As you may tell from the numerous reviews I’ve written for Scaretissue, I’m excited to finally have an outlet for my obsession with horror movies. I’ve always loved them since I was a kid. It’s not the deaths. It’s not the gore. It’s the surprise. That’s the moment I crave while watching these movies. It’s that moment I can sit back with a smile and just enjoy.
While compiling my top 10 movies, I realize that I don’t like plain vanilla horror. I like a little comedy sprinkled in. I like non-traditional approaches to storytelling. And, I guess I like a little brains.
So, without further ado, my top 10 horror movies of all time:
(10) Night of the Demons 2 – I have to admit. I hadn’t watched this one since I was a teenager (as it was taken off its Saturday afternoon horror movie rotation and never “resurrected”). I loved it as a kid, and I had to re-watch it just to make sure it still fit.
As a kid, I thought it was a fun romp. As an adult, I found a ton of subtle sexual undertones I missed back then (not sure if that is because I mainly watched edited versions or I was just oblivious) and I could appreciate the religious symbolism as well. There’s a lot of humor (like a demon head in a toilet that is exasperated by “kids”, a kick ass nun, and, well…a girl’s breasts turning into a demon hand), but it doesn’t bring the movie completely into comedy territory. It kind of fits as it’s about demons messing with kids.
(9b) Dawn of the Dead (Original) – Night of the Living Dead scared me senseless. However, it seemed like such a “isolated incident” and society seemed like it was going to have the upper hand (as referenced by the good old boys enjoying the hunting). We were going to make it!
Then Dawn of the Dead came along.
The cities were falling. The media and army were on the run. The zombies were winning.
I never noticed the consumerism theme that runs through the movie as it is subtle (at least to me) when I was younger, but I loved how the story just fit perfectly without having to stretch our imaginations. Our characters were fleeing for their lives. They found suitable shelter. They fought for that shelter. Reality sets in. It tackled some very deep questions like “What is living really?” and “Can man survive if he doesn’t work together as one like the zombies?”. It expanded the myth of the first one. In fact, many of the themes of The Walking Dead today are pulled directly from this movie more than any other in the series.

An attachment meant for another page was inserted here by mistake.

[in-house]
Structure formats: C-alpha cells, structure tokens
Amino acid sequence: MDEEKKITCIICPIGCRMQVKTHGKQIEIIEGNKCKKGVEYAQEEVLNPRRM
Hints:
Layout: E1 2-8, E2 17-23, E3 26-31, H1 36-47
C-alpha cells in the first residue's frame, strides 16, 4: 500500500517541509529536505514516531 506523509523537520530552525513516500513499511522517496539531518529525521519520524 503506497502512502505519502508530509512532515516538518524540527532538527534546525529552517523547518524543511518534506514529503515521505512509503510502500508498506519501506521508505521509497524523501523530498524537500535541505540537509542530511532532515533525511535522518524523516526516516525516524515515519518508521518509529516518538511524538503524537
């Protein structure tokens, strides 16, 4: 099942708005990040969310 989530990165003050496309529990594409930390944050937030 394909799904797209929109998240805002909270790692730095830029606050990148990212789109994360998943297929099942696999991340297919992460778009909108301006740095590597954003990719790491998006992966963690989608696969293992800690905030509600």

(9a) Dawn of the Dead (Remake) – As much as I loved the original Dawn of the Dead, the remake blew my mind. I had seen the fast zombies in Resident Evil, but was not excited by them.
And then I saw the first 15 minutes of this film.
The zombies were scary. They were fast. They were fun to watch.
Whereas the group in the original movie met their fate because they didn’t trust the outside group, this group does for the opposite reason: They want to save somebody on the outside. I think their plan to escape was ill advised, but it was cool to see those tanks make their way through the hoards.
It is very rare that a remake can hold a candle to the original. This is one of those times.
(8) Feast – Feast prides itself on not sticking to a horror movie formula and surprising the audience with both its insensitivity and gore. It is not for the faint of heart (and I’m not even going to get into the sequels that wanted to be more shocking).
We are introduced to a character referred to onscreen as “Hero”. He runs into a bar, bars the doors, and warns the patrons of the oncoming danger of monsters. He is immediately killed during his soliloquy. The movie then leads us through one horrible death after another as we try to guess who (if any) will survive the night. Along the way, we are grossed out at every turn.
I loved it.
(7) Wes Craven’s New Nightmare – I have to admit. None of the Nightmare on Elm Street movies scared me in particular. I found the concept of Freddy to be terrifying, but by the time I saw any of the movies they were more fun than scary to watch (My first real Freddy memory is “Welcome to Primetime, bitch!”).